Newspapers and media companies nationwide are closing or suffering mass layoffs since the coronavirus impacted all of us starting in March. City Weekly's entire existence is directly tied to people getting together in groups--in clubs, restaurants, and at concerts and events--which are the industries most affected by new coronavirus regulations.
Our industry is not healthy. Yet, City Weekly has continued publishing thanks to the generosity of readers like you. Utah needs independent journalism more than ever, and we're asking for your continued support of our editorial voice. We are fighting for you and all the people and businesses hardest hit by this pandemic.
You can help by making a one-time or recurring donation on PressBackers.com, which directs you to our Galena Fund 501(c)(3) non-profit, a resource dedicated to help fund local journalism. It is never too late. It is never too little. Thank you.
Need a surer sign than the start of college football to know fall is right around the corner? Drive to Park City on I-80 and look around once you top Parleys Summit—the trees are already ablaze with red and orange. This week’s concert calendar still looks very summer-like, however, with top-notch shows each night at the venue of your choice.
On Tuesday, Sept. 4, genre-defying instrumental group Jon Stickley Trio brings its progressive acoustic music to The Urban Lounge with local support from Pixie & the Partygrass Boys. Stickley’s deft flatpicking guitar, Lyndsay Pruett’s sensuous violin, and Hunter Deacon’s jazz-influenced drums combine for a cinematic, textural sound journey that Guitar Player Magazine recently described as “not your father’s acoustic-guitar music—instead, Stickley’s Martin churns out a mixture of bluegrass, Chuck Berry, metal, prog, grunge and assorted other genres.”
On Wednesday, Sept. 5, Americana veteran Boz Scaggs will perform highlights from his new chart-topping album, Out of the Blues, alongside deep cuts spanning his six-decade career at Layton’s Kenley Amphitheater. This Texas native has done it all: joined the Steve Miller Band, cut classic albums at Alabama’s famed Muscle Shoals studio, founded an esteemed San Francisco nightclub, toured with Steely Dan and dug into everything from jazz standards to Stax soul to Delta blues. "Music has been a constant companion and I'm feeling more free with it than ever," Scaggs says. "I feel like I've found my voice through all these years, and I've gotten closer to where I want to be with my approach."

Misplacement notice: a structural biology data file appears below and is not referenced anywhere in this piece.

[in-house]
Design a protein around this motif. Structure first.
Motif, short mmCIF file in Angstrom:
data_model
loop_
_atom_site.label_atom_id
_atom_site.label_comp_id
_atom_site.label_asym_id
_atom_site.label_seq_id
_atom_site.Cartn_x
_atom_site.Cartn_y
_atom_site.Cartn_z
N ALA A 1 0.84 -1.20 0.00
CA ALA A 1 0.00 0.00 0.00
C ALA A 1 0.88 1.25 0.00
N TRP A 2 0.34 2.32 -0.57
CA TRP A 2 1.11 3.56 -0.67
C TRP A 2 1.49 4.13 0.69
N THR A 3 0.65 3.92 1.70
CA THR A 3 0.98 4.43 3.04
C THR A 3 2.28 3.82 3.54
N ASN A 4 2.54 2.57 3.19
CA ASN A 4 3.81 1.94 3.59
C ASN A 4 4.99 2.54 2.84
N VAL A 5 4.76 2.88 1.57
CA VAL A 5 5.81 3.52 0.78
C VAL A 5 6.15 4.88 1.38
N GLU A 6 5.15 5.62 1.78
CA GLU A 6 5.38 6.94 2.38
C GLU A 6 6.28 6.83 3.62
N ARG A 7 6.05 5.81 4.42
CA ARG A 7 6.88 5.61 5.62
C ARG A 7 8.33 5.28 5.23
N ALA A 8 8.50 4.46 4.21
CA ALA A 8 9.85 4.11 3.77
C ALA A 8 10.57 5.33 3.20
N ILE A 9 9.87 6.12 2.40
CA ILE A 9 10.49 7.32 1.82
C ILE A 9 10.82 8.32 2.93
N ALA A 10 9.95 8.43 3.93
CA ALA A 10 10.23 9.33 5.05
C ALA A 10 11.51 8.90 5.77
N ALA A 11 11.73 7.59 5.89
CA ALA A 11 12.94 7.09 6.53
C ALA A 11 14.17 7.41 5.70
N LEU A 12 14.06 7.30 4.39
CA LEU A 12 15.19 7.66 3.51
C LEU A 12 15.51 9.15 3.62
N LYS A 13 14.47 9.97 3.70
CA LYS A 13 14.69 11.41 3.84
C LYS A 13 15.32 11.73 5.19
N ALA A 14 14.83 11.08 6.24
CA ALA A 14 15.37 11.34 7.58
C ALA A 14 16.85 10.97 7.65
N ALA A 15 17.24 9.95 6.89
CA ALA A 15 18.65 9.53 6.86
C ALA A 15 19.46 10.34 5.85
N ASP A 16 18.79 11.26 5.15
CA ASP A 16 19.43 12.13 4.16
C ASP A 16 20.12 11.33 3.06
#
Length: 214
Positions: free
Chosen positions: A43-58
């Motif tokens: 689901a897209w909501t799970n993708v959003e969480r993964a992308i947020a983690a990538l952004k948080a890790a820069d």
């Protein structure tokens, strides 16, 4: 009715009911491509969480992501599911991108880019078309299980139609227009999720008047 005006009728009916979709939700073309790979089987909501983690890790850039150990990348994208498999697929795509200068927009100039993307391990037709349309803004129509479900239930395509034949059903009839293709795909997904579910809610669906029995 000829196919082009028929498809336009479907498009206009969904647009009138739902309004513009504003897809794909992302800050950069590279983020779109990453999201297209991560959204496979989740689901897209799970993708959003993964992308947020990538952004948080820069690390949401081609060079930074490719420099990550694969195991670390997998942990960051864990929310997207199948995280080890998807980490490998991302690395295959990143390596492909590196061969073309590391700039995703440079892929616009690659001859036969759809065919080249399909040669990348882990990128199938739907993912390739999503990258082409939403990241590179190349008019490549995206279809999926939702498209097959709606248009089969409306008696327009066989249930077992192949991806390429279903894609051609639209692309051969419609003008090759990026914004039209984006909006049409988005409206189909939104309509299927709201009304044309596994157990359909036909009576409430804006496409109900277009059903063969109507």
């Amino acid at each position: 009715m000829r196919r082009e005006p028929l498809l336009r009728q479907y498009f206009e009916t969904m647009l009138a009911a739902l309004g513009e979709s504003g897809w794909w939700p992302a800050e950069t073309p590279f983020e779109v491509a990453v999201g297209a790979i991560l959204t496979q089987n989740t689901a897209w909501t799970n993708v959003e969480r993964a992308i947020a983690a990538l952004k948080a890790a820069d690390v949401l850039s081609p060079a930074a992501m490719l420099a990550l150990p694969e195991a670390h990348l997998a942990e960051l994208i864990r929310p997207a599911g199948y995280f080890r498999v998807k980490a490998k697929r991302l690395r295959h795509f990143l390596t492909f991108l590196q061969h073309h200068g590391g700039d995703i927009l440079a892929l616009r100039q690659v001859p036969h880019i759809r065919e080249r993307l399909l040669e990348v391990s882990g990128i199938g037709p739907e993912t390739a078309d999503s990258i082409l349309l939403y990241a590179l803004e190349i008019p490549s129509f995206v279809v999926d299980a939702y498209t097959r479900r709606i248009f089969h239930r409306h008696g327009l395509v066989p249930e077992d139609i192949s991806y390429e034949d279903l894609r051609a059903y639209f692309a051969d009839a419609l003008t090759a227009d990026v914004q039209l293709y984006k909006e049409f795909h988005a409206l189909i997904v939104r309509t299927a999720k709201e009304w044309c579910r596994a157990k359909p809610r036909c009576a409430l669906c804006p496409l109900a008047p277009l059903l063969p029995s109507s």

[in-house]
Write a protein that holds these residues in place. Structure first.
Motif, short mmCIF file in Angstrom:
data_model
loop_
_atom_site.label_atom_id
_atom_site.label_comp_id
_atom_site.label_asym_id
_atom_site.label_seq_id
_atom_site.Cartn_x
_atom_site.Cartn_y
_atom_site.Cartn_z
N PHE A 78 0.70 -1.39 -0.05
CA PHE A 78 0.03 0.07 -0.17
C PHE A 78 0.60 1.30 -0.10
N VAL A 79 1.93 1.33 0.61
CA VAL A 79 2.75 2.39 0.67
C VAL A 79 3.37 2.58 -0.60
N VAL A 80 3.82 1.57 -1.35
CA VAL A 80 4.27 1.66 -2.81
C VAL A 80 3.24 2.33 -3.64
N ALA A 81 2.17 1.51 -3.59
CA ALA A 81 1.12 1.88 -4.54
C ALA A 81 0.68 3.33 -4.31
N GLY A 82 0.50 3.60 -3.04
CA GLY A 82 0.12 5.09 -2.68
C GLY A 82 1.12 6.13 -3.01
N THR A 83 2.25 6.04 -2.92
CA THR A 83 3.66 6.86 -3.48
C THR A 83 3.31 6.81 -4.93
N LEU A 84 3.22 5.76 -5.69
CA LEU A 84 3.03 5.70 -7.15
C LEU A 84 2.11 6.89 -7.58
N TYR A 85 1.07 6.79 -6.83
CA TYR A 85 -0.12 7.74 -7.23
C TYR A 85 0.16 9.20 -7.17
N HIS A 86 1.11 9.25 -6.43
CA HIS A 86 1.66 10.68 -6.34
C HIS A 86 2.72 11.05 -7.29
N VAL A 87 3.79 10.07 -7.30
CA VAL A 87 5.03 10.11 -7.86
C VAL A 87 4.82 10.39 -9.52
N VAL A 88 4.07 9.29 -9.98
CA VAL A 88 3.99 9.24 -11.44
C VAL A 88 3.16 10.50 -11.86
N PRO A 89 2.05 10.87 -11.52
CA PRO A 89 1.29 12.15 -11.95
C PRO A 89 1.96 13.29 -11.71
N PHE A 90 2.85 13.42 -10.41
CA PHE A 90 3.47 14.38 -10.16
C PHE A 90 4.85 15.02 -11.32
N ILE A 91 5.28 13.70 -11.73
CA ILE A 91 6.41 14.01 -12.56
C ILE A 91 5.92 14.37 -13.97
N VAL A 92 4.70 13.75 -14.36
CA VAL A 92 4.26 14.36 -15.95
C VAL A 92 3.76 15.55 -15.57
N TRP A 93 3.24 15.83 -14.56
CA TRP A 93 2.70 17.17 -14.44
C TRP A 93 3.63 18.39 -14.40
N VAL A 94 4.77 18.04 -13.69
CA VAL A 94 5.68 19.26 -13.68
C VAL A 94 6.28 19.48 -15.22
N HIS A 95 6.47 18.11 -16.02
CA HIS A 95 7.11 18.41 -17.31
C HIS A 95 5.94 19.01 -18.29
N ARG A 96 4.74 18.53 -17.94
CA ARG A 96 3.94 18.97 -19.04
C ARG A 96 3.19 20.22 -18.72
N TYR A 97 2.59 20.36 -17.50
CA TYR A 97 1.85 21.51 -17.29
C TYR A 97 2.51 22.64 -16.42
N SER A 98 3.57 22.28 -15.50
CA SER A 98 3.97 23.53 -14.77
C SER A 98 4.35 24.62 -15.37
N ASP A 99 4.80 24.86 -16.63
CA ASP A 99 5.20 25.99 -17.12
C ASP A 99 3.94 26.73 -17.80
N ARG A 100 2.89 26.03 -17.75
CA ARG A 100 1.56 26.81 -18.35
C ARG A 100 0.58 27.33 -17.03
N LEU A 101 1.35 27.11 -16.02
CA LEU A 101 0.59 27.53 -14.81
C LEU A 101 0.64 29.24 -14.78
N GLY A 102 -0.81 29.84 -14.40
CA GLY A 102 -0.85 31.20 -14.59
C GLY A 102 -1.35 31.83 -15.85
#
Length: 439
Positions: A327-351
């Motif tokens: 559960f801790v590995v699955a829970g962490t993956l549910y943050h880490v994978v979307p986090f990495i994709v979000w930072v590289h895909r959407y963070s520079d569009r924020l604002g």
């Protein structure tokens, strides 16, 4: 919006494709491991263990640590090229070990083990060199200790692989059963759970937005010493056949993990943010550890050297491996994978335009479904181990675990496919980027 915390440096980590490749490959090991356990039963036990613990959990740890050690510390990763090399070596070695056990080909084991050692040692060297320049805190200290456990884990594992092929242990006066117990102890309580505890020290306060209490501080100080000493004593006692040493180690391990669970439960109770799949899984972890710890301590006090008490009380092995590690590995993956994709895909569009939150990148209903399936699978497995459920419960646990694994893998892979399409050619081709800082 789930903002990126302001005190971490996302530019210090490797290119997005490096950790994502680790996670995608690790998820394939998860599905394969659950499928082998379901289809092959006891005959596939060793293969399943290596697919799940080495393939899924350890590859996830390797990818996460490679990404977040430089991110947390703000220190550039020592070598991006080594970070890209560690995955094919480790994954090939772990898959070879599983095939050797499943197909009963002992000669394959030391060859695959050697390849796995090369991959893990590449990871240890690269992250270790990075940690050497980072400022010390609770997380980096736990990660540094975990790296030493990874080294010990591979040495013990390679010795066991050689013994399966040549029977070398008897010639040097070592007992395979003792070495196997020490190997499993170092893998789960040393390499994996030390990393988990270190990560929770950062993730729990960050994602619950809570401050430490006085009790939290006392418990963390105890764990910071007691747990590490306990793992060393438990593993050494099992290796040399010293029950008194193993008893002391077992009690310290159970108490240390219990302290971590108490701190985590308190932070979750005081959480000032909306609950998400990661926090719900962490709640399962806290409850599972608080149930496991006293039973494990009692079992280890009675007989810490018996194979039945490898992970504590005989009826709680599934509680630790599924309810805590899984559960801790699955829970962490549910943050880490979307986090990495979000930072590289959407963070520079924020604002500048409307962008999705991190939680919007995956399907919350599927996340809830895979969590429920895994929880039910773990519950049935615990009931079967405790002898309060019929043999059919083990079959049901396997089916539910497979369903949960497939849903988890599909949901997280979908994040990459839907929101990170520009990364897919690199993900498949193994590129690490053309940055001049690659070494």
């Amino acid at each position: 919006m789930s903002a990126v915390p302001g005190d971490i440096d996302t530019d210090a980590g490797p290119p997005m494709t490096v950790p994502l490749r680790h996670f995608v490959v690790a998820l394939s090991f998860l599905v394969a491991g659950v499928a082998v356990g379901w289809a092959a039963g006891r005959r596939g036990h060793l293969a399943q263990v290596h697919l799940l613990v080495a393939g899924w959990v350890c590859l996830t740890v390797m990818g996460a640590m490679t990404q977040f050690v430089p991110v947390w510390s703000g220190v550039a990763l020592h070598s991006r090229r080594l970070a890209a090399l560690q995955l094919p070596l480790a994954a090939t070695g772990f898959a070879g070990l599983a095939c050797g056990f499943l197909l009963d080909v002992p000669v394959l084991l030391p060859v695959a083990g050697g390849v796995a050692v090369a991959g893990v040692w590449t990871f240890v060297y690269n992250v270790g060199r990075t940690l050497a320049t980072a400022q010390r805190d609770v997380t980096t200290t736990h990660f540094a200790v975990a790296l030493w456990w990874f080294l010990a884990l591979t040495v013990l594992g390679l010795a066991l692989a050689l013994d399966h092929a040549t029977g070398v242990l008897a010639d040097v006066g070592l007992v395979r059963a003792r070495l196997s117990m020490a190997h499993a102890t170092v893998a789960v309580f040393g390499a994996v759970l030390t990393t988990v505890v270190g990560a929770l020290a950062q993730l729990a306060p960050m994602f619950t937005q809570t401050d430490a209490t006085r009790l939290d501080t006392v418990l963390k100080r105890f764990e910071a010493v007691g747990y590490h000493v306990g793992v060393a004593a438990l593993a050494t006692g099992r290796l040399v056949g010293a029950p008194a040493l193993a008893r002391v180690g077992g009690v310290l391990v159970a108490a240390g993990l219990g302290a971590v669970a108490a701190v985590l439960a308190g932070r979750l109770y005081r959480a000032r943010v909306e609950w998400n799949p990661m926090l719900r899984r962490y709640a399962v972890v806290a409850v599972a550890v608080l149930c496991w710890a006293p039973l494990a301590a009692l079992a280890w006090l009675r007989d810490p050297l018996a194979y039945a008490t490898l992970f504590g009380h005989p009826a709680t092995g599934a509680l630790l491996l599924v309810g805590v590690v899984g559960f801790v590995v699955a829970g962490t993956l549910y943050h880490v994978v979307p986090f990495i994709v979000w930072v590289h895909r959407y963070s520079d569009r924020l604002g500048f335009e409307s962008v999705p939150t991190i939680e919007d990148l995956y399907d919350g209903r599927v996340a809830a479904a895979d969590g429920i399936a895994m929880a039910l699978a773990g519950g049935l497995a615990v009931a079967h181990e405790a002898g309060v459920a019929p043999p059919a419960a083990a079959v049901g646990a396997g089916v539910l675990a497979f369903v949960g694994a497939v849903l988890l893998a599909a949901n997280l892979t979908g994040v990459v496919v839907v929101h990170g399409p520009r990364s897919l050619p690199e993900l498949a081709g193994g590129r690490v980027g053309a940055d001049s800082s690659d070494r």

Want to relive the heyday of British New Wave and ‘80s synth-pop? UK icons Midge Ure and Paul Young will oblige on Sept. 5 at The Commonwealth Room. Ure has been recruited into countless pop-rock acts over the years (Slik, The Rich Kids, Thin Lizzy, Visage and Ultravox). But his biggest claim to fame comes from a co-songwriting contribution to the 1984 single “Do They Know It’s Christmas?”, which, recorded by the mega-supergroup Band Aid, raised nearly $10 million for Ethiopian famine relief and kicked off the long-running Live Aid global concert series. Since then, Midge Ure has released dozens of critically acclaimed albums and directed concert productions for Paul McCartney, Elton John and even the Queen of England.
If more modern music is your jam, don’t miss rising Los Angeles MC RJ at The Complex on The Grind Don’t Stop Tour with Underground Ambitionz and Jare & Joey on Thursday, Sept. 6. While fresh rappers fall all over themselves trying to build the biggest social media presence, Rajon “RJ” Durant spends his time crafting original cadences and articulate lyrical flows. After escaping the mean streets of L.A. for America’s rap capital of Atlanta, RJ learned the hip-hop hustle, recording breakout singles like “Get Rich” with choice guests on his way to building up a career. “I approach the game with a player’s mind and a lover’s heart,” RJ says, “making music for my family first, then friends and fans.”
If you need a little consciousness raising—and who doesn’t in these turbulent political times—slam poetry star Olivia Gatwood delivers on Thursday, Sept. 6 in a seated performance at Kilby Court with support from Joaquina Mertz. Gatwood has received national recognition for her poetry, writing workshops and role as a Title IX Compliant educator in sexual assault prevention and recovery. Performing and teaching about gender equality, sexuality and social justice at colleges and high schools, Gatwood also published the book New American Best Friend reflecting on her childhood in both New Mexico and Trinidad, “navigating girlhood, puberty, relationships and period underwear.” “Ode to My Bitch Face” should be required viewing for anyone who’s ever used the derogatory term.
Finally, pioneering reggae band Black Uhuru bring their classic dub vibes to The State Room on Thursday, Sept. 6. Founded in Kingston, Jamaica in 1972 by Derrick “Duckie” Simpson, the original Uhuru (a Swahili word for freedom) lineup shifted rapidly before settling into a steady groove. In 1985, Black Uhuru even won the inaugural Grammy Award for Best Reggae Album, proving it could appeal to roots rock purists and mainstream listeners alike. The futuristic instrumentation of “Sinsemilla” still shocks and awes to this day.
Now for some other quick hits:
• Texas swing storms into town on Thursday, Sept. 6 when Lone Star legend Lyle Lovett & His Large Band touch down at Eccles Theater.
• Mimicking Birds dive deep into their intricate indie pop on Friday, Sept. 7 at Rye Diner & Drinks with support from locals Lantern by the Sea.